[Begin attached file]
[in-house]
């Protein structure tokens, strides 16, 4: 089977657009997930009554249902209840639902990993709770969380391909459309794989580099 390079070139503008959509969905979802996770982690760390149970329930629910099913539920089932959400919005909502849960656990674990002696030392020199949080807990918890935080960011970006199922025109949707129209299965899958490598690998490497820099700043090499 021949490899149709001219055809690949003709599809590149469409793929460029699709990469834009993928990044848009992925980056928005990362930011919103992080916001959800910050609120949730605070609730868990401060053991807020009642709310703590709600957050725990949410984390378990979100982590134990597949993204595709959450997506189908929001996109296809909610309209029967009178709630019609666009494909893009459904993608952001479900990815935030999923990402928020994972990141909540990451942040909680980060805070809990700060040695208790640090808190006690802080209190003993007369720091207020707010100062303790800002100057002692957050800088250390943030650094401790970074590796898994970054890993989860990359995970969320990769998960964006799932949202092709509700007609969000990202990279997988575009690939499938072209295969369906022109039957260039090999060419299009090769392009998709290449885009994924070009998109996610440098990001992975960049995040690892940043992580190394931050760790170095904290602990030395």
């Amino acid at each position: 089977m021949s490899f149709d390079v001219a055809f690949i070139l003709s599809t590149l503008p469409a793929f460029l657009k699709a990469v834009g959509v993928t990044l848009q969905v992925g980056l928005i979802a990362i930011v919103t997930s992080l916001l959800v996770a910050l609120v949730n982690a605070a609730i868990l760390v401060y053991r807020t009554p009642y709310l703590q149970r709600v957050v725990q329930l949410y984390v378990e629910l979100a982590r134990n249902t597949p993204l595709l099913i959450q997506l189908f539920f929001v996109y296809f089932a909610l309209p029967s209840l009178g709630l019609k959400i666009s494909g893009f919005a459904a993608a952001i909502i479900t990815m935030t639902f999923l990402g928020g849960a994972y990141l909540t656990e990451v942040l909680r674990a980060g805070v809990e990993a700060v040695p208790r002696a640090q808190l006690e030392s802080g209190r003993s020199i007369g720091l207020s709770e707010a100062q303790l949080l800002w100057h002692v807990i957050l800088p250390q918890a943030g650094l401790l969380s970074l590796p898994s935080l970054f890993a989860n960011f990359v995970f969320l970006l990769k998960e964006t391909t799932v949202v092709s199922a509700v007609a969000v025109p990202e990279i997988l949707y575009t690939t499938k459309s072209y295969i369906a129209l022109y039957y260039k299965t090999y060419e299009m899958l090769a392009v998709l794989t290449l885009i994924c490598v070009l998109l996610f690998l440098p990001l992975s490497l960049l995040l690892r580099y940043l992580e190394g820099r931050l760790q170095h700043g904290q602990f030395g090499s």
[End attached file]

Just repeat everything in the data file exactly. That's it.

[in-house]
């Protein structure tokens, strides 16, 4: 089977657009997930009554249902209840639902990993709770969380391909459309794989580099 390079070139503008959509969905979802996770982690760390149970329930629910099913539920089932959400919005909502849960656990674990002696030392020199949080807990918890935080960011970006199922025109949707129209299965899958490598690998490497820099700043090499 021949490899149709001219055809690949003709599809590149469409793929460029699709990469834009993928990044848009992925980056928005990362930011919103992080916001959800910050609120949730605070609730868990401060053991807020009642709310703590709600957050725990949410984390378990979100982590134990597949993204595709959450997506189908929001996109296809909610309209029967009178709630019609666009494909893009459904993608952001479900990815935030999923990402928020994972990141909540990451942040909680980060805070809990700060040695208790640090808190006690802080209190003993007369720091207020707010100062303790800002100057002692957050800088250390943030650094401790970074590796898994970054890993989860990359995970969320990769998960964006799932949202092709509700007609969000990202990279997988575009690939499938072209295969369906022109039957260039090999060419299009090769392009998709290449885009994924070009998109996610440098990001992975960049995040690892940043992580190394931050760790170095904290602990030395």
């Amino acid at each position: 089977m021949s490899f149709d390079v001219a055809f690949i070139l003709s599809t590149l503008p469409a793929f460029l657009k699709a990469v834009g959509v993928t990044l848009q969905v992925g980056l928005i979802a990362i930011v919103t997930s992080l916001l959800v996770a910050l609120v949730n982690a605070a609730i868990l760390v401060y053991r807020t009554p009642y709310l703590q149970r709600v957050v725990q329930l949410y984390v378990e629910l979100a982590r134990n249902t597949p993204l595709l099913i959450q997506l189908f539920f929001v996109y296809f089932a909610l309209p029967s209840l009178g709630l019609k959400i666009s494909g893009f919005a459904a993608a952001i909502i479900t990815m935030t639902f999923l990402g928020g849960a994972y990141l909540t656990e990451v942040l909680r674990a980060g805070v809990e990993a700060v040695p208790r002696a640090q808190l006690e030392s802080g209190r003993s020199i007369g720091l207020s709770e707010a100062q303790l949080l800002w100057h002692v807990i957050l800088p250390q918890a943030g650094l401790l969380s970074l590796p898994s935080l970054f890993a989860n960011f990359v995970f969320l970006l990769k998960e964006t391909t799932v949202v092709s199922a509700v007609a969000v025109p990202e990279i997988l949707y575009t690939t499938k459309s072209y295969i369906a129209l022109y039957y260039k299965t090999y060419e299009m899958l090769a392009v998709l794989t290449l885009i994924c490598v070009l998109l996610f690998l440098p990001l992975s490497l960049l995040l690892r580099y940043l992580e190394g820099r931050l760790q170095h700043g904290q602990f030395g090499s």